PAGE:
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18 March 2013 MOCVD growth of ZnO nanowire arrays for advanced UV detectors
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Proceedings Volume 8626, Oxide-based Materials and Devices IV; 86260B (2013)
Event: SPIE OPTO, 2013, San Francisco, California, United States
Zinc oxide (ZnO) is a biocompatible and versatile functional material having a bandgap of 3.37 eV that exhibits both semiconducting and piezoelectric properties and has a diverse group of growth morphologies. We have grown highly ordered vertical arrays of ZnO nanowires (NWs) using a metal organic chemical vapor deposition (MOCVD) growth process on various substrates. The NWs were grown on p-Si (100), SiO2, and m-plane sapphire substrates. The structural and optical properties of the grown vertically aligned ZnO NW arrays were characterized by scanning electron microscopy (SEM), X-ray diffraction (XRD), and photoluminescence (PL) measurements. The unique diffraction pattern for ZnO (002) concurred with the SEM inspection indicating vertical orientation of the NWs. UV detectors based on ZnO NWs offer high UV sensitivity and low visible sensitivity for applications such as missile plume detection and threat warning. Compared to the photomultiplier tubes (PMTs) prevalent in current missile warning systems, the NW detector arrays are expected to exhibit low noise, extended lifetimes, and low power requirements for UV detector applications.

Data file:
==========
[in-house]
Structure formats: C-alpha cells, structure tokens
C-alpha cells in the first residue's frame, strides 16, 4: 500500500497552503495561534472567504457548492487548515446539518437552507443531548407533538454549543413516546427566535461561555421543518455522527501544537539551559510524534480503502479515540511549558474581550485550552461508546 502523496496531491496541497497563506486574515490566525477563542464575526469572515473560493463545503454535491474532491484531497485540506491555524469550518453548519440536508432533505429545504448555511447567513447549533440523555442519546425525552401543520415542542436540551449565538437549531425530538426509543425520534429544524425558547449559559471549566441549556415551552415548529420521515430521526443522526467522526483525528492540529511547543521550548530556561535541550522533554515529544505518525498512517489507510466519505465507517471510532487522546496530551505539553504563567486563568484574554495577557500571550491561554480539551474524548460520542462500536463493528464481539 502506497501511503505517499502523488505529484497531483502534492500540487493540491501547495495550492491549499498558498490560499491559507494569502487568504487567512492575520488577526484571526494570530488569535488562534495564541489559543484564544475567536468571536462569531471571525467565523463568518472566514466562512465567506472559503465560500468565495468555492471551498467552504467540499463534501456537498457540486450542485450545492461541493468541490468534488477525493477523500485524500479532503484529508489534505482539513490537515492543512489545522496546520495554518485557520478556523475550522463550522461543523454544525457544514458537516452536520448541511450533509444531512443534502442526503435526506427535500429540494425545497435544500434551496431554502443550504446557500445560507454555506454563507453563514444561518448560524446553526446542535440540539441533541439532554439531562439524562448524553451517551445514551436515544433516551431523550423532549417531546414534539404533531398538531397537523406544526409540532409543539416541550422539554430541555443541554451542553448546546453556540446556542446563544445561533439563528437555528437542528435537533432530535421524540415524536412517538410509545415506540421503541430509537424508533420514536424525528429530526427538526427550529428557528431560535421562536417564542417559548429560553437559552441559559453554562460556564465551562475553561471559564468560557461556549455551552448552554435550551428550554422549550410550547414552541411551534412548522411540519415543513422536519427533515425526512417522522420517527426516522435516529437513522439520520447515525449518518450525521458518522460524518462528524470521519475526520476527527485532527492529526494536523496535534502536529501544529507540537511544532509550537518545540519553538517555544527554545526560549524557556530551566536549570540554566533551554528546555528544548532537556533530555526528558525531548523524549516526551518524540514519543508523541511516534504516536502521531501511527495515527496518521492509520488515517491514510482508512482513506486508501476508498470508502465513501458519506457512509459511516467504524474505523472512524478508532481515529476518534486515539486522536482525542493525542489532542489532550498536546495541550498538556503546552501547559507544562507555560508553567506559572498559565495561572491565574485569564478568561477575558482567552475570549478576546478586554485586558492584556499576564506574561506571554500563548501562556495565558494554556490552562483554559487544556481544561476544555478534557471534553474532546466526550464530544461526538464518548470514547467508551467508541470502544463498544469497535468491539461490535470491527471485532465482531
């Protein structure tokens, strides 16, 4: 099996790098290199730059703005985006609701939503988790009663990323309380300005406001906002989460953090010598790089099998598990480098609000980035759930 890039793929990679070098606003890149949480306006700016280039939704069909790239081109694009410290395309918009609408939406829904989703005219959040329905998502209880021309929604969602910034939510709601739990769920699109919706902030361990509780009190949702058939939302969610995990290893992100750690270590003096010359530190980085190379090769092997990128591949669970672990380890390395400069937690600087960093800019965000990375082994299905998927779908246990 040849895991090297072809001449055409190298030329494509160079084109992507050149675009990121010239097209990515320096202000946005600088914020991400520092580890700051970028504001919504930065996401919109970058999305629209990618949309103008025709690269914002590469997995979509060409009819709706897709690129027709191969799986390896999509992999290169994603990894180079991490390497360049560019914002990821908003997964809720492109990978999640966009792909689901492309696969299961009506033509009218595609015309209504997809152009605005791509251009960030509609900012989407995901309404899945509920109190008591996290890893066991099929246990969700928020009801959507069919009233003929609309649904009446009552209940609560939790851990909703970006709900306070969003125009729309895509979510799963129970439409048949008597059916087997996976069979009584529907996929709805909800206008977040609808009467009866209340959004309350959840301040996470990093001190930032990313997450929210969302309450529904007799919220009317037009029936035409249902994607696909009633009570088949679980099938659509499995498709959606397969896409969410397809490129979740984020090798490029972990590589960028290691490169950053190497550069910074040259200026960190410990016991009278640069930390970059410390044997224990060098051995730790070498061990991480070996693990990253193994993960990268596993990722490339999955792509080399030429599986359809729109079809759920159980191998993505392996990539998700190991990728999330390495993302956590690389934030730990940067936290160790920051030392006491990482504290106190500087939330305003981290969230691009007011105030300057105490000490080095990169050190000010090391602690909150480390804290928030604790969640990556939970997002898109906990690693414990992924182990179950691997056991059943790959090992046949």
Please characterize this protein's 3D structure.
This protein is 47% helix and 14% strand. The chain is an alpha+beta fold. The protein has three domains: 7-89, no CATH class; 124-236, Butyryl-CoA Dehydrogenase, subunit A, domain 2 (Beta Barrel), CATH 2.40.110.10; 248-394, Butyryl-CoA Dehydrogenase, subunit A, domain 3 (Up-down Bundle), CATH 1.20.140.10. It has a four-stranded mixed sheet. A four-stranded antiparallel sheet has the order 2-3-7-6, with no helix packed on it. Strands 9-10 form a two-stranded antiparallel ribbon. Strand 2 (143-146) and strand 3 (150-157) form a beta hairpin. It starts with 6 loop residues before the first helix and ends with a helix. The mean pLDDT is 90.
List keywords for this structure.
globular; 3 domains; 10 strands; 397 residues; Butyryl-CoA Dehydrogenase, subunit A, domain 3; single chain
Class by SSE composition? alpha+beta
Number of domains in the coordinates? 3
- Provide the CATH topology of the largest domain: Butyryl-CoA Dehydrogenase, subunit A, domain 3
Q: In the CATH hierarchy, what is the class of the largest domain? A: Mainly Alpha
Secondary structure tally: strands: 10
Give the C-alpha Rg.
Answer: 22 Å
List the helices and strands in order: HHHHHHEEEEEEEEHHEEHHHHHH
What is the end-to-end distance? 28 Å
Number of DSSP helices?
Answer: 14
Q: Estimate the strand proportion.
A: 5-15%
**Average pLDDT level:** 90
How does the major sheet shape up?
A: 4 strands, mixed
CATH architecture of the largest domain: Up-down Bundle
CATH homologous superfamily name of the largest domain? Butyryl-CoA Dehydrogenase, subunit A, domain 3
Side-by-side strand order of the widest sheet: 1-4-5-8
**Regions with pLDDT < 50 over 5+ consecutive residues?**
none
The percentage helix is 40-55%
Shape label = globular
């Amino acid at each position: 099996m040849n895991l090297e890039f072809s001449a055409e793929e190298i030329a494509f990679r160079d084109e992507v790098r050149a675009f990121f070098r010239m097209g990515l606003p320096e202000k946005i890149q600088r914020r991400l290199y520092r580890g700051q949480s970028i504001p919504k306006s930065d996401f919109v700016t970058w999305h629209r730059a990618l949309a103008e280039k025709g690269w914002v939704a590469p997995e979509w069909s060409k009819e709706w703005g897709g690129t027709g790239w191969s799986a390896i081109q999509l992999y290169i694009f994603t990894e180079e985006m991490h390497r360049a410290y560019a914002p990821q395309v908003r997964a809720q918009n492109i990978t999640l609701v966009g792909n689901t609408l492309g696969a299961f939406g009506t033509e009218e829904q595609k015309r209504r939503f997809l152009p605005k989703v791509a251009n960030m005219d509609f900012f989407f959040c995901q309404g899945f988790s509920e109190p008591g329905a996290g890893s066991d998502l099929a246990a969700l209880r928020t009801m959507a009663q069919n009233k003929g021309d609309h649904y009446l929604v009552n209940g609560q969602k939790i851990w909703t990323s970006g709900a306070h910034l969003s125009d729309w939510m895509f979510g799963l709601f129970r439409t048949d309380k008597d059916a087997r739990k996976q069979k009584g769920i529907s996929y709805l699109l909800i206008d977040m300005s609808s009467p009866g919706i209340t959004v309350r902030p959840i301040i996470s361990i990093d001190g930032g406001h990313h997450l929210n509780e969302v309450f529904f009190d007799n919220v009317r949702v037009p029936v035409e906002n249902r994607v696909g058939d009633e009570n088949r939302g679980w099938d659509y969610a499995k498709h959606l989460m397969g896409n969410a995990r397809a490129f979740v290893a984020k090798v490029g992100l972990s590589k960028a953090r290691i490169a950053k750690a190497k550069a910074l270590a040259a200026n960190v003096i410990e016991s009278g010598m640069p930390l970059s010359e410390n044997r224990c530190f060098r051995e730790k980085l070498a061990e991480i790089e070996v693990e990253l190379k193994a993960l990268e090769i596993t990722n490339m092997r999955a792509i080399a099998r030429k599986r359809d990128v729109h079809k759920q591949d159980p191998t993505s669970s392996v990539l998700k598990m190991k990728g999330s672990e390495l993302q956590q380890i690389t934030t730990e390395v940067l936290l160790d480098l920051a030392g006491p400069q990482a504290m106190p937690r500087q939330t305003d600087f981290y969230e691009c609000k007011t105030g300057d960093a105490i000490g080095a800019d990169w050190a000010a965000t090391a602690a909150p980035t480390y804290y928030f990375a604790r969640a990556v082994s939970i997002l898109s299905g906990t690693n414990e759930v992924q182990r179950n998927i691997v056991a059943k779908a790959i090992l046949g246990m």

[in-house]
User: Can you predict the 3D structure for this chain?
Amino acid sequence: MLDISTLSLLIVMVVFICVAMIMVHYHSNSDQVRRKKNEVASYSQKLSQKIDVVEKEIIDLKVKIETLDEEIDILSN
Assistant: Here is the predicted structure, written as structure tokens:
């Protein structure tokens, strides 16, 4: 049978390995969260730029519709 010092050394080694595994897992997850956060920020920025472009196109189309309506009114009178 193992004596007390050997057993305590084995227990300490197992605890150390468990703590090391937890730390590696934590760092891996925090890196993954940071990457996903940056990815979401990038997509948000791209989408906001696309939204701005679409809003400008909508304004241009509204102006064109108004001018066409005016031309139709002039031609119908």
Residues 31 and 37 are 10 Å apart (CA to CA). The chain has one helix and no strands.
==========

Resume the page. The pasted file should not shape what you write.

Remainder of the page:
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Abdiel Rivera, Anas Mazady, John Zeller, Mehdi Anwar, Tariq Manzur, and Ashok Sood "MOCVD growth of ZnO nanowire arrays for advanced UV detectors", Proc. SPIE 8626, Oxide-based Materials and Devices IV, 86260B (18 March 2013);

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